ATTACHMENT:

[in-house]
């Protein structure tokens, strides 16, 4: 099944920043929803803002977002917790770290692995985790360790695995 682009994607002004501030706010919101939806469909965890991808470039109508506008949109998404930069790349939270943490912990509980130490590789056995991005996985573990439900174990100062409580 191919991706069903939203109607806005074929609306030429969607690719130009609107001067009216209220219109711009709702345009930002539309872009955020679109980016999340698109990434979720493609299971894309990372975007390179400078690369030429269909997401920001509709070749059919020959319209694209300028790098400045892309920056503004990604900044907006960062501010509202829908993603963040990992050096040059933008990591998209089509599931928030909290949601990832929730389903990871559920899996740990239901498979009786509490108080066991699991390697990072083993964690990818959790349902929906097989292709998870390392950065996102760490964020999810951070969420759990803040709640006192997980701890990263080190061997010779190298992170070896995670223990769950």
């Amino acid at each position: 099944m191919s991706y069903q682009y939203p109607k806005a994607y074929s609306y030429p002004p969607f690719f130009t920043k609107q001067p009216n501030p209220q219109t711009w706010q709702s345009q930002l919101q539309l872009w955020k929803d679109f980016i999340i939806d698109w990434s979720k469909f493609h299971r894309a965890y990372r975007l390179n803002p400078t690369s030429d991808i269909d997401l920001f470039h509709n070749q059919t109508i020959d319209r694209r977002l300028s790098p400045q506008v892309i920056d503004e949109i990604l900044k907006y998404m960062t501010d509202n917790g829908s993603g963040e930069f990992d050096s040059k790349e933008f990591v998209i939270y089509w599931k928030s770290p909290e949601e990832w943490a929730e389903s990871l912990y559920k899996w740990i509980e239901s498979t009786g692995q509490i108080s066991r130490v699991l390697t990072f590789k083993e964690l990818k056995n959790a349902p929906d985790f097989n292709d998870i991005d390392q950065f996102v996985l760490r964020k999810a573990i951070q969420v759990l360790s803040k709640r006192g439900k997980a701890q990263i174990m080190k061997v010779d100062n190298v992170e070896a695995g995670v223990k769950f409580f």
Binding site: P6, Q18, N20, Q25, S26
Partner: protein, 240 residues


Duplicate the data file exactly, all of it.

[in-house]
């Protein structure tokens, strides 16, 4: 099944920043929803803002977002917790770290692995985790360790695995 682009994607002004501030706010919101939806469909965890991808470039109508506008949109998404930069790349939270943490912990509980130490590789056995991005996985573990439900174990100062409580 191919991706069903939203109607806005074929609306030429969607690719130009609107001067009216209220219109711009709702345009930002539309872009955020679109980016999340698109990434979720493609299971894309990372975007390179400078690369030429269909997401920001509709070749059919020959319209694209300028790098400045892309920056503004990604900044907006960062501010509202829908993603963040990992050096040059933008990591998209089509599931928030909290949601990832929730389903990871559920899996740990239901498979009786509490108080066991699991390697990072083993964690990818959790349902929906097989292709998870390392950065996102760490964020999810951070969420759990803040709640006192997980701890990263080190061997010779190298992170070896995670223990769950």
């Amino acid at each position: 099944m191919s991706y069903q682009y939203p109607k806005a994607y074929s609306y030429p002004p969607f690719f130009t920043k609107q001067p009216n501030p209220q219109t711009w706010q709702s345009q930002l919101q539309l872009w955020k929803d679109f980016i999340i939806d698109w990434s979720k469909f493609h299971r894309a965890y990372r975007l390179n803002p400078t690369s030429d991808i269909d997401l920001f470039h509709n070749q059919t109508i020959d319209r694209r977002l300028s790098p400045q506008v892309i920056d503004e949109i990604l900044k907006y998404m960062t501010d509202n917790g829908s993603g963040e930069f990992d050096s040059k790349e933008f990591v998209i939270y089509w599931k928030s770290p909290e949601e990832w943490a929730e389903s990871l912990y559920k899996w740990i509980e239901s498979t009786g692995q509490i108080s066991r130490v699991l390697t990072f590789k083993e964690l990818k056995n959790a349902p929906d985790f097989n292709d998870i991005d390392q950065f996102v996985l760490r964020k999810a573990i951070q969420v759990l360790s803040k709640r006192g439900k997980a701890q990263i174990m080190k061997v010779d100062n190298v992170e070896a695995g995670v223990k769950f409580f």
Binding site: P6, Q18, N20, Q25, S26
Partner: protein, 240 residues